I’m inclined to think that, as humans, we all have somewhat of a tendency to be superficial. It’s not fair, but it’s incredibly common. What I’m particularly interested in here, however, is how people will mix superficial complaints in with valid ones. It’s like pointing out how Donald Trump has orange skin and bad hair; it may be true, but that’s not why people dislike him. They dislike him because he’s a terrible person with a mean personality, and just sort of throw the stuff about his appearance into the mix. And I’m hardly saying I’m free from that sort of thing; I do it more often than I’d care to admit. I guess I kind of feel that, when I dislike someone, pretty much everything about them is fair game. But should it be? Probably not. To give an example somewhat less extreme than Trump, Chris Christie is the subject of a lot of fat jokes. I really don’t like Christie because of his policies and his attitude, so it’s not like I’m going to jump to his defense. But I think fat-shaming is a serious issue in our country, and one that isn’t specifically tied to any one part of the political spectrum. I like Michelle Obama overall, but I think her insistence on sticking with the “obesity epidemic” narrative hurt her campaign for healthier lifestyles. So while I don’t care if Christie’s feelings get hurt, the fat jokes have the potential to hurt other people who are already put down by much of society. I guess this doesn’t apply quite as much to Trump, because his physical appearance is more out of the ordinary, but it’s still missing the more significant issues.
There are, perhaps a few arguments that can be made in favor of mocking Trump’s appearance to make a larger point. One is that he’s constantly commenting on people’s appearances, including his obsession with rating women’s bodies on a scale of one to ten.
Another is that it’s just bizarre how someone who’s always wearing fancy designer suits to flaunt his wealth apparently doesn’t mind having rather hideous hair. Surely he has the money to make it look presentable. Then there’s how comedians doubled down on the tiny hands jokes not because they cared about the size of Trump’s hands (at least I hope they didn’t), but because of the absurd level of offense he took at them. So maybe the superficial criticisms shouldn’t be totally off limits, but it totally depends on context. The other day, I read a New York Times article on sexist criticism toward Kellyanne Conway, much of it based on looks. When I shared it on Facebook, I received a comment about how mocking her outfit at the inauguration wasn’t really sexist, as a man wearing something so outlandish would also be made fun of. Perhaps even more significantly, it was something she CHOSE to wear (or someone chose for her to wear), not something she couldn’t help wearing. I will say I was amused by the people comparing her to Paddington Bear, and that’s not even an insult per se.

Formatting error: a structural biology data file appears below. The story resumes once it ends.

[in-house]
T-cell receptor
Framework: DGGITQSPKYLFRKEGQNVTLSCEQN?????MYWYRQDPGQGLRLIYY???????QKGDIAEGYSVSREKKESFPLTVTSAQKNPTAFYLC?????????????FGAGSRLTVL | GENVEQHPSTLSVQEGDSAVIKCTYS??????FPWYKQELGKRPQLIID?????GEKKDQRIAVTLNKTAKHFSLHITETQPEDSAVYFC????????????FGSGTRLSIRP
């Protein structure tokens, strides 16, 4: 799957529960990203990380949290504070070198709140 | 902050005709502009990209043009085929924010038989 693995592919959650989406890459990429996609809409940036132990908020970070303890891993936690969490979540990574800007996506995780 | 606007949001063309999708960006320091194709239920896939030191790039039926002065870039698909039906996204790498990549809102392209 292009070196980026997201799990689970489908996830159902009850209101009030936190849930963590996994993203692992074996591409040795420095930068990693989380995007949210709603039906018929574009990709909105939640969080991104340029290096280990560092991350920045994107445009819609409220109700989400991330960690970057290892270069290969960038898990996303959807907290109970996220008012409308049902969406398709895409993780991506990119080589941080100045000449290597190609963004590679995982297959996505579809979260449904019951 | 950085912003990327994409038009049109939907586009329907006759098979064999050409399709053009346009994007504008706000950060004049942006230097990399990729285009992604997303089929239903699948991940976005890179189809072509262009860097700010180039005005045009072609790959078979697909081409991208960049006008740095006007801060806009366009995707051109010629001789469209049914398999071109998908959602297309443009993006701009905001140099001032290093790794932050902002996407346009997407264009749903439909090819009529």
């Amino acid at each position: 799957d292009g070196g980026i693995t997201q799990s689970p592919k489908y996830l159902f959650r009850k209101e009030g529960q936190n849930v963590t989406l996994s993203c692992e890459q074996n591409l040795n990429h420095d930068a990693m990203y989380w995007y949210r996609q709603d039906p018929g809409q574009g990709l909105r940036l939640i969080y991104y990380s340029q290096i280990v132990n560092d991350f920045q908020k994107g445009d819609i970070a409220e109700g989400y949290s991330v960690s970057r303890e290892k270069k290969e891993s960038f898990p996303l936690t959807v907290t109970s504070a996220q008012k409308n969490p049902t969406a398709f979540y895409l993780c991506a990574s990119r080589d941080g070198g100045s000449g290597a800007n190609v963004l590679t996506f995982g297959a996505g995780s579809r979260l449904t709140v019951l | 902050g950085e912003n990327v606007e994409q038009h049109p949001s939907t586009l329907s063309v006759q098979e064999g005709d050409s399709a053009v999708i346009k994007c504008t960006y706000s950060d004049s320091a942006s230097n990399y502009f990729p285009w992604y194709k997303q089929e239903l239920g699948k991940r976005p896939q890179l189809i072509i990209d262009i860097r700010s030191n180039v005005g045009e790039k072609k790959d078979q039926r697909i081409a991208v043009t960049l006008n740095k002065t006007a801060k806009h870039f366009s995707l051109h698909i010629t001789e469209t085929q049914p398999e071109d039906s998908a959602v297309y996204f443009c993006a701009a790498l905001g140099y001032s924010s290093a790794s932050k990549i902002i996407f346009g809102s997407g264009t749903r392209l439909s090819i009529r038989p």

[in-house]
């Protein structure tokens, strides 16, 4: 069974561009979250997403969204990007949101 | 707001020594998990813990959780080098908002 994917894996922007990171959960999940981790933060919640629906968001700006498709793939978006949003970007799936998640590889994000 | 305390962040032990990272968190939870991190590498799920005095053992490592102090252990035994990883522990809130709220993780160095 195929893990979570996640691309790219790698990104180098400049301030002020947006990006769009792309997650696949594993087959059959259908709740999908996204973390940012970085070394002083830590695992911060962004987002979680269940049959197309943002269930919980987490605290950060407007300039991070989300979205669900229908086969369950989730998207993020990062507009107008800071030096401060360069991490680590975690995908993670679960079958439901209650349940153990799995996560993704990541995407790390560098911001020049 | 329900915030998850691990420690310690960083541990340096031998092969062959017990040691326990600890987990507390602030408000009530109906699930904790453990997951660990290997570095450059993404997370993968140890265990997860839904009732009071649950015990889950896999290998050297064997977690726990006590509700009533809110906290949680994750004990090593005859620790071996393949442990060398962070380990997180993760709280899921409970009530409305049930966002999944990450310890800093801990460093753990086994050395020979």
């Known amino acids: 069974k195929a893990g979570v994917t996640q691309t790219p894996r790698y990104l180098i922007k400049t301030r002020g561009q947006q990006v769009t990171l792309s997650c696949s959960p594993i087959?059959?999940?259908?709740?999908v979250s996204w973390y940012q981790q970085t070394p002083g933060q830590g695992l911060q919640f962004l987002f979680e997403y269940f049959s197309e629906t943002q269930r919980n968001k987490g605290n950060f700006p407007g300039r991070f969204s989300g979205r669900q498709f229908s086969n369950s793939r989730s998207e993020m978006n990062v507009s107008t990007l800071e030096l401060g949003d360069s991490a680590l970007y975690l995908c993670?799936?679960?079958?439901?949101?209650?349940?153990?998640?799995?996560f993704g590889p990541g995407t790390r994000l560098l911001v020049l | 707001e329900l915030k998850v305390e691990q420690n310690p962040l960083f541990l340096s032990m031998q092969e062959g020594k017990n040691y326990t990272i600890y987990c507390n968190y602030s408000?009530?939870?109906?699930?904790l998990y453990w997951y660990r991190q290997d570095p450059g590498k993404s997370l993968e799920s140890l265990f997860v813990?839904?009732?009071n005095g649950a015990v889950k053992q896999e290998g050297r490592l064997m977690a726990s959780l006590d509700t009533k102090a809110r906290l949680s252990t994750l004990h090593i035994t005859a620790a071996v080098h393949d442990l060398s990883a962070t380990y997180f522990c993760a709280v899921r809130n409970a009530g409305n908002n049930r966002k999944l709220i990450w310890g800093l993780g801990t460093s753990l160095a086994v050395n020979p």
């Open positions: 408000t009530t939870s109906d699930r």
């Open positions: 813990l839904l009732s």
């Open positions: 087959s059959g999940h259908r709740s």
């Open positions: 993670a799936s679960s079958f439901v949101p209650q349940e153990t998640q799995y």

Maybe she’d see it as one, though, as Paddington was an illegal immigrant. I do generally agree that bringing sexism into your complaints and jokes isn’t helping anything, however.
I remember there was some consternation when Bill Maher called Sarah Palin a cunt some years back, and while she deserves just about any insult you can think of, and I’m not sure why that’s one of the worst things you can call someone either, it’s pretty clearly sexist. There are all sorts of non-gender-specific insults you can use for terrible people. I think there’s also something superficial in the insistence that Melania Trump is basically a prisoner of her husband’s and not a willing agent. As I’ve mentioned before, I have to wonder if we just assume she can’t be particularly bright because she’s a model who speaks with a strong foreign accent. That’s obviously not the ONLY reason, as Trump is known to be abusive to women, but it might be a factor.
Another earlier article I’d been wanting to talk about and that sort of relates is this Vox one on how people seem surprised by racists who are educated and well-groomed. As the article explains, this is nothing new at all, and it’s weird that there are apparently still people who expect every white nationalist to be white trash. There is the question as to how anyone who’s actually, like, gone to school and read books could buy into such faulty thinking, but plenty of people are smart in some ways and stupid in others. After reading this, I was thinking about preconceived notions I might have, and I thought of how I generally expect rich people to be eloquent. That’s another area where Trump, with his small vocabulary, circuitous way of talking, and strong regional accent that includes not pronouncing some letters, doesn’t fit the stereotype. But then, who does fit that stereotype these days? And why does Trump’s voice put me off when Bernie Sanders had an accent that was quite similar in some ways? It probably had something to do with the fact that he didn’t do the faux-tough-guy act, and I think I’m also somewhat predisposed to like New York Jewish accents. I couldn’t really say why, but maybe it has to do with comedy. But again, none of it is really fair, is it?
As for the ironic racists, I think that sort of thing can only work when it’s obvious that it’s a joke. A swastika can be used in a funny way, but simply wearing a swastika isn’t funny. Without the context, there’s no way to know that you don’t mean it, and apparently it’s a very fine line for some people anyway.